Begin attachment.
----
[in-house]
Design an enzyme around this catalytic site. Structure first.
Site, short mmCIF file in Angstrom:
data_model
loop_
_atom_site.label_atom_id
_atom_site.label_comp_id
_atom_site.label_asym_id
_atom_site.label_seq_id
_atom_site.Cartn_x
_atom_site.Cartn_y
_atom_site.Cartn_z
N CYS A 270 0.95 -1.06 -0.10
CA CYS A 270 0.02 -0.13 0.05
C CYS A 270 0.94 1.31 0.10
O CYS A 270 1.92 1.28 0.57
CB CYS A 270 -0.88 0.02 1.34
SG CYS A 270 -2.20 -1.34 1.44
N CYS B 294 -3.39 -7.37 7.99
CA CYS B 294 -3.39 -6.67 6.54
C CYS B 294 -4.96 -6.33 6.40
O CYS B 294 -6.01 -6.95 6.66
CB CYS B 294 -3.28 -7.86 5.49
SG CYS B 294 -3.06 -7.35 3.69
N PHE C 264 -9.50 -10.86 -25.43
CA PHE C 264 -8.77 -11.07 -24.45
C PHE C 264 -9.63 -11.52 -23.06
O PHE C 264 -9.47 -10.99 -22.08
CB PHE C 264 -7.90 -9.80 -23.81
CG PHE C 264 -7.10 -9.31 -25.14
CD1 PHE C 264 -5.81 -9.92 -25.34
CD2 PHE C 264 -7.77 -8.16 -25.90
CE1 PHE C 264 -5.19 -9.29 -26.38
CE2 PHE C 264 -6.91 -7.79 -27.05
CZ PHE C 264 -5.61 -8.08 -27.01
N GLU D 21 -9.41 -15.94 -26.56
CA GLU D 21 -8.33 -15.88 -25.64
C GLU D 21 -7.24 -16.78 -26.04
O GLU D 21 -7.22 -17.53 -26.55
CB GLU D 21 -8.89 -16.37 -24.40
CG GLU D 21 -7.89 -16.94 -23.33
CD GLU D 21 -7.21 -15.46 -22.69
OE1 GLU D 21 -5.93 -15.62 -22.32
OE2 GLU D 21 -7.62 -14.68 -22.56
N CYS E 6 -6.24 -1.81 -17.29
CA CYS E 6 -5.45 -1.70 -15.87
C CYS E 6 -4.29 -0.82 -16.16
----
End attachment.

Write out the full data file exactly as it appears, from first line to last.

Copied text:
[in-house]
Design an enzyme around this catalytic site. Structure first.
Site, short mmCIF file in Angstrom:
data_model
loop_
_atom_site.label_atom_id
_atom_site.label_comp_id
_atom_site.label_asym_id
_atom_site.label_seq_id
_atom_site.Cartn_x
_atom_site.Cartn_y
_atom_site.Cartn_z
N CYS A 270 0.95 -1.06 -0.10
CA CYS A 270 0.02 -0.13 0.05
C CYS A 270 0.94 1.31 0.10
O CYS A 270 1.92 1.28 0.57
CB CYS A 270 -0.88 0.02 1.34
SG CYS A 270 -2.20 -1.34 1.44
N CYS B 294 -3.39 -7.37 7.99
CA CYS B 294 -3.39 -6.67 6.54
C CYS B 294 -4.96 -6.33 6.40
O CYS B 294 -6.01 -6.95 6.66
CB CYS B 294 -3.28 -7.86 5.49
SG CYS B 294 -3.06 -7.35 3.69
N PHE C 264 -9.50 -10.86 -25.43
CA PHE C 264 -8.77 -11.07 -24.45
C PHE C 264 -9.63 -11.52 -23.06
O PHE C 264 -9.47 -10.99 -22.08
CB PHE C 264 -7.90 -9.80 -23.81
CG PHE C 264 -7.10 -9.31 -25.14
CD1 PHE C 264 -5.81 -9.92 -25.34
CD2 PHE C 264 -7.77 -8.16 -25.90
CE1 PHE C 264 -5.19 -9.29 -26.38
CE2 PHE C 264 -6.91 -7.79 -27.05
CZ PHE C 264 -5.61 -8.08 -27.01
N GLU D 21 -9.41 -15.94 -26.56
CA GLU D 21 -8.33 -15.88 -25.64
C GLU D 21 -7.24 -16.78 -26.04
O GLU D 21 -7.22 -17.53 -26.55
CB GLU D 21 -8.89 -16.37 -24.40
CG GLU D 21 -7.89 -16.94 -23.33
CD GLU D 21 -7.21 -15.46 -22.69
OE1 GLU D 21 -5.93 -15.62 -22.32
OE2 GLU D 21 -7.62 -14.68 -22.56
N CYS E 6 -6.24 -1.81 -17.29
CA CYS E 6 -5.45 -1.70 -15.87
C CYS E 6 -4.29 -0.82 -16.16